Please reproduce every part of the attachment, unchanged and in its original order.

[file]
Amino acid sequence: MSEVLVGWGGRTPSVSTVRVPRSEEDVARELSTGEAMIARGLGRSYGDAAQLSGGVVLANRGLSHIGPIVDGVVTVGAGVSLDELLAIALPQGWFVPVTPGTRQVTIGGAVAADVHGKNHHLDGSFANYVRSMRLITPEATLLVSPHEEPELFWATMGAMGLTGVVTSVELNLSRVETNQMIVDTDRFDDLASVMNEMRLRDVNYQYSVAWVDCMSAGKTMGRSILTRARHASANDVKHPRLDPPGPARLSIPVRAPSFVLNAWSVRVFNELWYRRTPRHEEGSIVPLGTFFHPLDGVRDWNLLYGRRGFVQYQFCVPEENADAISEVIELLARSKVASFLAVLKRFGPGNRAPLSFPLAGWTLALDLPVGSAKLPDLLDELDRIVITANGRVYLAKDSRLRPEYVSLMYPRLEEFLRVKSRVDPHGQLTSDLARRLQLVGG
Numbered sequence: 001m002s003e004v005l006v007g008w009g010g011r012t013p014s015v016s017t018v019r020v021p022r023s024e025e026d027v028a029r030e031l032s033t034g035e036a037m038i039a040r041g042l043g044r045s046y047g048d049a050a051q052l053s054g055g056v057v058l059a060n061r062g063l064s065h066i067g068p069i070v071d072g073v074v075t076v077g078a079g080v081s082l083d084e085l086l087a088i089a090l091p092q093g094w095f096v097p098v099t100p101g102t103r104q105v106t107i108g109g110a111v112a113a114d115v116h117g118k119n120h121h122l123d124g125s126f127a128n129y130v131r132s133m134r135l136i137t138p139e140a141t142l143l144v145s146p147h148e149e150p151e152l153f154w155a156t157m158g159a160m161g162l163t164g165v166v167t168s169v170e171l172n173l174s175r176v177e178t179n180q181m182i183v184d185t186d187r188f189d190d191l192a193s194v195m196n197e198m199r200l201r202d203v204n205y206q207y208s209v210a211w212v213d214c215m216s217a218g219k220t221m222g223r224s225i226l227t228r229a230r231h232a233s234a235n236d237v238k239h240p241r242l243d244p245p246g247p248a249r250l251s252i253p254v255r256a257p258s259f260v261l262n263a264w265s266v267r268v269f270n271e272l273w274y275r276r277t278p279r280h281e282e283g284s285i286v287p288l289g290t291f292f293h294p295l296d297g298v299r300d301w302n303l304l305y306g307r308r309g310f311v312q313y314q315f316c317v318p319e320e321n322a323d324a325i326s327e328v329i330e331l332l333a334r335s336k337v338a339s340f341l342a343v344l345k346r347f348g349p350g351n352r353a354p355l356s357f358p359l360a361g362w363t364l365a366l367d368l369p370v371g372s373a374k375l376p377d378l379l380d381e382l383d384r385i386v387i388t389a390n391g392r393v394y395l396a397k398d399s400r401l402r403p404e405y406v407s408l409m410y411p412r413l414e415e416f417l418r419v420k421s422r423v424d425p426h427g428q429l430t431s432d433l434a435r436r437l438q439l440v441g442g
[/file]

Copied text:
Amino acid sequence: MSEVLVGWGGRTPSVSTVRVPRSEEDVARELSTGEAMIARGLGRSYGDAAQLSGGVVLANRGLSHIGPIVDGVVTVGAGVSLDELLAIALPQGWFVPVTPGTRQVTIGGAVAADVHGKNHHLDGSFANYVRSMRLITPEATLLVSPHEEPELFWATMGAMGLTGVVTSVELNLSRVETNQMIVDTDRFDDLASVMNEMRLRDVNYQYSVAWVDCMSAGKTMGRSILTRARHASANDVKHPRLDPPGPARLSIPVRAPSFVLNAWSVRVFNELWYRRTPRHEEGSIVPLGTFFHPLDGVRDWNLLYGRRGFVQYQFCVPEENADAISEVIELLARSKVASFLAVLKRFGPGNRAPLSFPLAGWTLALDLPVGSAKLPDLLDELDRIVITANGRVYLAKDSRLRPEYVSLMYPRLEEFLRVKSRVDPHGQLTSDLARRLQLVGG
Numbered sequence: 001m002s003e004v005l006v007g008w009g010g011r012t013p014s015v016s017t018v019r020v021p022r023s024e025e026d027v028a029r030e031l032s033t034g035e036a037m038i039a040r041g042l043g044r045s046y047g048d049a050a051q052l053s054g055g056v057v058l059a060n061r062g063l064s065h066i067g068p069i070v071d072g073v074v075t076v077g078a079g080v081s082l083d084e085l086l087a088i089a090l091p092q093g094w095f096v097p098v099t100p101g102t103r104q105v106t107i108g109g110a111v112a113a114d115v116h117g118k119n120h121h122l123d124g125s126f127a128n129y130v131r132s133m134r135l136i137t138p139e140a141t142l143l144v145s146p147h148e149e150p151e152l153f154w155a156t157m158g159a160m161g162l163t164g165v166v167t168s169v170e171l172n173l174s175r176v177e178t179n180q181m182i183v184d185t186d187r188f189d190d191l192a193s194v195m196n197e198m199r200l201r202d203v204n205y206q207y208s209v210a211w212v213d214c215m216s217a218g219k220t221m222g223r224s225i226l227t228r229a230r231h232a233s234a235n236d237v238k239h240p241r242l243d244p245p246g247p248a249r250l251s252i253p254v255r256a257p258s259f260v261l262n263a264w265s266v267r268v269f270n271e272l273w274y275r276r277t278p279r280h281e282e283g284s285i286v287p288l289g290t291f292f293h294p295l296d297g298v299r300d301w302n303l304l305y306g307r308r309g310f311v312q313y314q315f316c317v318p319e320e321n322a323d324a325i326s327e328v329i330e331l332l333a334r335s336k337v338a339s340f341l342a343v344l345k346r347f348g349p350g351n352r353a354p355l356s357f358p359l360a361g362w363t364l365a366l367d368l369p370v371g372s373a374k375l376p377d378l379l380d381e382l383d384r385i386v387i388t389a390n391g392r393v394y395l396a397k398d399s400r401l402r403p404e405y406v407s408l409m410y411p412r413l414e415e416f417l418r419v420k421s422r423v424d425p426h427g428q429l430t431s432d433l434a435r436r437l438q439l440v441g442g